Download

Download eBook for Free

Full Document

FormatFile SizeNotes
PDF file 1.6 MB

Use Adobe Acrobat Reader version 10 or higher for the best experience.

Summary Only

FormatFile SizeNotes
PDF file 0.1 MB

Use Adobe Acrobat Reader version 10 or higher for the best experience.

Purchase

Purchase Print Copy

 Format Price
Add to Cart Paperback166 pages $31.50

This guidebook is designed to help U.S. Army personnel more effectively use economic assistance to support economic and infrastructure development. The guidebook should help tactical commanders choose and implement more effective programs and projects in their areas of responsibility and better understand the economic context of their efforts. It describes key characteristics of the economic environment, the key players that soldiers are likely to encounter, and who may be involved in what sorts of assistance efforts. It also provides suggestions on what to and what not to do, with examples from current and past operations. Suggestions on providing assistance are grouped into the following areas: humanitarian assistance; infrastructure and essential services; agriculture; currencies, budgets, finance, and foreign trade; private sector development and employment generation; natural resource management; and the effects of the U.S. military on local economies. To write this guidebook, the authors visited commanders in Afghanistan, conducted interviews with returning U.S. military officers, drew on their own experiences in Iraq, Liberia, and the Balkans, and tapped the substantial literature about effective economic assistance.

Research conducted by

The research described in this report was sponsored by the United States Army and conducted by the RAND Arroyo Center.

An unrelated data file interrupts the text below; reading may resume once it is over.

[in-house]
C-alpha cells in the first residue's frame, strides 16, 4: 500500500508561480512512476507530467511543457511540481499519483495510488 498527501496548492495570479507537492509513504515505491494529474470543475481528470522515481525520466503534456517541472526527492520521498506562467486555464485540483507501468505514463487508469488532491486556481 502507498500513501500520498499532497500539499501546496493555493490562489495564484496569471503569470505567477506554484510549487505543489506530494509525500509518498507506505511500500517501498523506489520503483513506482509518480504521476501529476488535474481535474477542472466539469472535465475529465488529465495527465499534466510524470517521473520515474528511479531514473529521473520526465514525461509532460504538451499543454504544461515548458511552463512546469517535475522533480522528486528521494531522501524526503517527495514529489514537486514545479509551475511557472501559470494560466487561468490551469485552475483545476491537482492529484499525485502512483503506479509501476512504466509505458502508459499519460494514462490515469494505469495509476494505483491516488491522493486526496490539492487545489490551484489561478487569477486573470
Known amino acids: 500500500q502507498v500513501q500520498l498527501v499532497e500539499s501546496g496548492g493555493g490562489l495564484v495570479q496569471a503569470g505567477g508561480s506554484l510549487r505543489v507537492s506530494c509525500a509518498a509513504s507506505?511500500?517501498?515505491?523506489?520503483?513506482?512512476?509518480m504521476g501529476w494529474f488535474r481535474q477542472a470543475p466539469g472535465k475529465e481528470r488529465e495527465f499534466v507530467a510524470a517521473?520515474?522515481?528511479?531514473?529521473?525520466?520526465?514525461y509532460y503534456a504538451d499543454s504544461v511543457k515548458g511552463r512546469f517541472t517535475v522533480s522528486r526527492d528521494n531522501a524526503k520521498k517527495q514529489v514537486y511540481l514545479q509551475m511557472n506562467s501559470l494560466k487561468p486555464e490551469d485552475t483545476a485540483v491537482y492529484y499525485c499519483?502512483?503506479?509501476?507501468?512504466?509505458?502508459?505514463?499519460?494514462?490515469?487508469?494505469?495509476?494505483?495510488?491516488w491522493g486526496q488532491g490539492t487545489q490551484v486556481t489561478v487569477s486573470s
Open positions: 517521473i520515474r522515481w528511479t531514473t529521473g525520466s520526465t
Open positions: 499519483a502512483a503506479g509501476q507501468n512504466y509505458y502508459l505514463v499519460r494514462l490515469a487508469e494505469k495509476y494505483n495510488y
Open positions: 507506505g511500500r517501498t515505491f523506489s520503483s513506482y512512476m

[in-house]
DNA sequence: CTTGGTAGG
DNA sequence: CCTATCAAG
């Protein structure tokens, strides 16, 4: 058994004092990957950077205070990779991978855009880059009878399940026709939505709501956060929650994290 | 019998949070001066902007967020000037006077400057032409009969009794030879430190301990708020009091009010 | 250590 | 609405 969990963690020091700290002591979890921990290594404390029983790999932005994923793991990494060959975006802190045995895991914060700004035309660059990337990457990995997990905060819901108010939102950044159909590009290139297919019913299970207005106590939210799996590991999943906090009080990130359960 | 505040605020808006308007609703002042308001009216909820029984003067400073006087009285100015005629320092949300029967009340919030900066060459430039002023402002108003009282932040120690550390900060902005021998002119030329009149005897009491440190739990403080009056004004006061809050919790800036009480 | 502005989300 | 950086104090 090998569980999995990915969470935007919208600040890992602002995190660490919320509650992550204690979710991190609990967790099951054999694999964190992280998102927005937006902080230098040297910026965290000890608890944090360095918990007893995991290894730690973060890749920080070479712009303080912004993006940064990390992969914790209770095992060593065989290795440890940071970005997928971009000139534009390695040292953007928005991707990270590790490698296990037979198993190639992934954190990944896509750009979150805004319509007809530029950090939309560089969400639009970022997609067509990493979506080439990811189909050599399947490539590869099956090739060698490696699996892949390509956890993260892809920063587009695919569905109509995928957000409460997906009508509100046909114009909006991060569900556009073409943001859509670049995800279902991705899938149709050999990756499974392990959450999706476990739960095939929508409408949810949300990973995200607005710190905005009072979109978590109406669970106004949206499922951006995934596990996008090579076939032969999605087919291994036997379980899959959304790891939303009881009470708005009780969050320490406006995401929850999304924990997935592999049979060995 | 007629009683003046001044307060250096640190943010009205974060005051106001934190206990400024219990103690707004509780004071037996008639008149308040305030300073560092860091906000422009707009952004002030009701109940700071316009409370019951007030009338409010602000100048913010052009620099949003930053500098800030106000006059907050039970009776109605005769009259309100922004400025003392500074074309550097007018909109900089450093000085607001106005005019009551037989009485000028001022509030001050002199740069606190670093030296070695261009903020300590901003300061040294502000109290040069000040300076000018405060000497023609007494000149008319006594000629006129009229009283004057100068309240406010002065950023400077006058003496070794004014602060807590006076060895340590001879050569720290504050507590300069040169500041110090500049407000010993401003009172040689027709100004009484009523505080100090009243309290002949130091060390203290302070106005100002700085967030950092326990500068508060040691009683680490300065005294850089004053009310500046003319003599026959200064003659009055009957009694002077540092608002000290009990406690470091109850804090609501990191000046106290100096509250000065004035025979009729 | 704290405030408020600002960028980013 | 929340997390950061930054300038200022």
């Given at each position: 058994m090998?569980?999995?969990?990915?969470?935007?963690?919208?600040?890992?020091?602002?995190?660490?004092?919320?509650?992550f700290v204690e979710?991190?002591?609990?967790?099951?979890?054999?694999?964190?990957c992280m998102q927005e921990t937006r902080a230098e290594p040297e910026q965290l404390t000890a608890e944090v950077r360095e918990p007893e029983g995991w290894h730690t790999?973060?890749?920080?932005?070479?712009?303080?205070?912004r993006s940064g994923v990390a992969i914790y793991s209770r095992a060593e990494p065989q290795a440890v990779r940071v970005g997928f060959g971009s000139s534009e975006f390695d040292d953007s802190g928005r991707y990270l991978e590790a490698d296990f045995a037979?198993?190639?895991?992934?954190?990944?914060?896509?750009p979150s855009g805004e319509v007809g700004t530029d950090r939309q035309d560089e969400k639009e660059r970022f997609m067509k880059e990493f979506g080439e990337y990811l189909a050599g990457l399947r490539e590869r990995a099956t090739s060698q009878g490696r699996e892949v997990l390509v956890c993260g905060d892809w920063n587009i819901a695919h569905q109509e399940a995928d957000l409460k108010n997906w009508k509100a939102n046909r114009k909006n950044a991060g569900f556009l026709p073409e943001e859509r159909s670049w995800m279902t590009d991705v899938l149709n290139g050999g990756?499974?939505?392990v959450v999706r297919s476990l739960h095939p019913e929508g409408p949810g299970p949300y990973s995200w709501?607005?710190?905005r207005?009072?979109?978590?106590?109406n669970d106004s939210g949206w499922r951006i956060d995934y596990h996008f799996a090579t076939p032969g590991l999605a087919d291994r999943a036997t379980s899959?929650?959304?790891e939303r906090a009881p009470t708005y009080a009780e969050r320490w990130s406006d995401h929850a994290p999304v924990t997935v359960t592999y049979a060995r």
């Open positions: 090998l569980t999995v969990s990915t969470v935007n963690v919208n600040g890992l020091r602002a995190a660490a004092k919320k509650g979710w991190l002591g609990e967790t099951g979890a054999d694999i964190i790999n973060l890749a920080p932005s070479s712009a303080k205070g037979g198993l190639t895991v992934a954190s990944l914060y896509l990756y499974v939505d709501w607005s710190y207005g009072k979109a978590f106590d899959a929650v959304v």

This report is part of the RAND technical report series. RAND technical reports may include research findings on a specific topic that is limited in scope or intended for a narrow audience; present discussions of the methodology employed in research; provide literature reviews, survey instruments, modeling exercises, guidelines for practitioners and research professionals, and supporting documentation; or deliver preliminary findings. All RAND reports undergo rigorous peer review to ensure that they meet high standards for research quality and objectivity.

This document and trademark(s) contained herein are protected by law. This representation of RAND intellectual property is provided for noncommercial use only. Unauthorized posting of this publication online is prohibited; linking directly to this product page is encouraged. Permission is required from RAND to reproduce, or reuse in another form, any of its research documents for commercial purposes. For information on reprint and reuse permissions, please visit www.rand.org/pubs/permissions.

RAND is a nonprofit institution that helps improve policy and decisionmaking through research and analysis. RAND's publications do not necessarily reflect the opinions of its research clients and sponsors.